We started with a series of internal changes of people and practices and enlisted the help of Aboriginal organizations and other community groups to show the way. We are teaching institutions, but we recognized that we had a lot of learning to do as well. As part of building this vision, we involved ourselves in a major strategic effort to re-define ourselves and to enhance our role in the rapidly transforming local and global community. We called it our Community Learning Strategy.
What is Community Learning? It describes the active integration of the university into the social, cultural, and educational life of the community. It recognizes the responsibility of the university to function in an accessible manner and to open itself up to the wide diversity of knowledge and experience represented within society.
Broadly speaking, community learning, as applied at The University of Winnipeg, consists of:
1) the provision of innovative learning opportunities for various populations currently under-represented in the University population;
2) the use of the resources of the University to analyze and address social, economic, cultural, and environmental issues in partnership with community organizations and other groups;
3) the cultivation of dynamic and reciprocal relationships between the campus and the surrounding community in which University resources are used to facilitate community-university learning development in ways that are sustainable in social, economic, cultural, and environmental terms; and
4) the understanding that these initiatives serve as learning opportunities for our students and others from within a broad range of local and global communities.
What does Community Learning actually look like? We have developed a number of programs targeting various members of the community around us. Our goal is to bring them into the University fold, to make them feel welcome on our campus, and to get them excited about learning. We have realized that for some, the benefits of a university education may not be obvious. But through appropriate intervention and the active engagement of students, starting as early as possible, we can show them that the possibilities are limitless.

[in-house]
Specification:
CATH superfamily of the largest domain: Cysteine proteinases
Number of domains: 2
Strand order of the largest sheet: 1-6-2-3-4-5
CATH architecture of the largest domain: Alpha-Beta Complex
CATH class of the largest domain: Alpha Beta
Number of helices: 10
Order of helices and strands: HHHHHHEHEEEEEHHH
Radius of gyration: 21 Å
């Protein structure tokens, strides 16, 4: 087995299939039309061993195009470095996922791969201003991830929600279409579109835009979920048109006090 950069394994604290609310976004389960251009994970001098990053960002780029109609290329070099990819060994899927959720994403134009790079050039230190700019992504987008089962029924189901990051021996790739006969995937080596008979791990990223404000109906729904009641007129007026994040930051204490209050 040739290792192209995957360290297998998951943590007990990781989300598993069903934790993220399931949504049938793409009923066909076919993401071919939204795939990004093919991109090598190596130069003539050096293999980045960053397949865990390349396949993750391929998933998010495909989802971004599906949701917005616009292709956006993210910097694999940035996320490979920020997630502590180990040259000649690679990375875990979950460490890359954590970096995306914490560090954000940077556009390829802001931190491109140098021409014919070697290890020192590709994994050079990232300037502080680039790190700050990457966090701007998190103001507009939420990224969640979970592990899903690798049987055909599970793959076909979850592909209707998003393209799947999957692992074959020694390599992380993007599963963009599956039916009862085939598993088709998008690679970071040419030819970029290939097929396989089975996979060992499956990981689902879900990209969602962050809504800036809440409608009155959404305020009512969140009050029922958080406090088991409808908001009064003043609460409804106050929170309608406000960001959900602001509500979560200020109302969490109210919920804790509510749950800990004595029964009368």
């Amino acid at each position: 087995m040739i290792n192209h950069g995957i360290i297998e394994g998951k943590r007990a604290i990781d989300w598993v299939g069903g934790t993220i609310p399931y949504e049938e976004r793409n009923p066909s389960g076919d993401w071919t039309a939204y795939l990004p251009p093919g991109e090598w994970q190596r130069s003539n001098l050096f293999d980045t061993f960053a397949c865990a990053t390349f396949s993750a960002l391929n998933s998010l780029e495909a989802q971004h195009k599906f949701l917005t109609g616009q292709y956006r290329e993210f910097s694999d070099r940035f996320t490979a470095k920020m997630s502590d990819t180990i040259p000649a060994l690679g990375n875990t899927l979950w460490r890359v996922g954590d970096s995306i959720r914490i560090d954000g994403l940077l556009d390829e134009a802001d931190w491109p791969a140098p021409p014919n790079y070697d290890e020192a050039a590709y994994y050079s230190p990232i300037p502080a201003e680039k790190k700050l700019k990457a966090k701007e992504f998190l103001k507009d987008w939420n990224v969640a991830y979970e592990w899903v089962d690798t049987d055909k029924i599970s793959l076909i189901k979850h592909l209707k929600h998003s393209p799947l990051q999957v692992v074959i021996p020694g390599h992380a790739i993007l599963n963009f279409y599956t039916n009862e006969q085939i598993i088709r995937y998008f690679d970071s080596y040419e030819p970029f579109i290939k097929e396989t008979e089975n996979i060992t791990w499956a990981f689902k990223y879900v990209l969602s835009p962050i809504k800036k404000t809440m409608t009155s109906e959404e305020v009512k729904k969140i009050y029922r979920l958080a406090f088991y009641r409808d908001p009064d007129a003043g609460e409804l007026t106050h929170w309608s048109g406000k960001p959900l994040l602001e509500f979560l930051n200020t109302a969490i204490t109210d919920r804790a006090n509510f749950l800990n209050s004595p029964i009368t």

Funding for our community learning programs is not part of the University of Winnipeg’s present public funding structure. The programs we’ve initiated and the successes we’ve achieved are all dependent on private sources of funding.
ILC programming serves as a “tap on the shoulder” for these children and youth so that they can begin at an early age to see that a post-secondary education is indeed possible for them.
The Innovative Learning Centre
In recognition of the importance of early intervention, we have created an Innovative Learning Centre (ILC) that brings a host of young students from across the city into the University to participate in a series of unique learning initiatives designed to close the graduation gap for inner city, Aboriginal, and new Canadian youth.
Since it was established three years ago, the ILC has served over 5,000 students aged 7-21 through programming both during and after school hours, on weekends, and in the summer months. The ILC develops strong partnerships with school superintendents, principals, and teachers from inner city schools and with the families of the children and youth involved. Using the resources and the infrastructure of the University, ILC programming serves as what Coordinator Kevin Chief calls a “tap on the shoulder” for these children and youth so that they can begin at an early age to see that a post-secondary education is indeed possible for them.
During the regular school year, students from local elementary and high schools are engaged in our Eco-Kids and Enviro Techs programs, which provide on-campus learning experiences in science, sustainability, human rights, and community engagement.
Over the past three years, 2,400 children have participated in the ILC’s Eco-U Summer Camp initiative – one of the largest day camps in the city for inner city and Aboriginal youth in Winnipeg. Campers are engaged in a full slate of activities from traditional dance, to tending a community garden, to participating in smudging ceremonies and traditional Aboriginal storytelling, to environmental science and sustainability experiments. Eco-U Summer Camp employees, drawn from high schools and the University, are often participants in other ILC programming.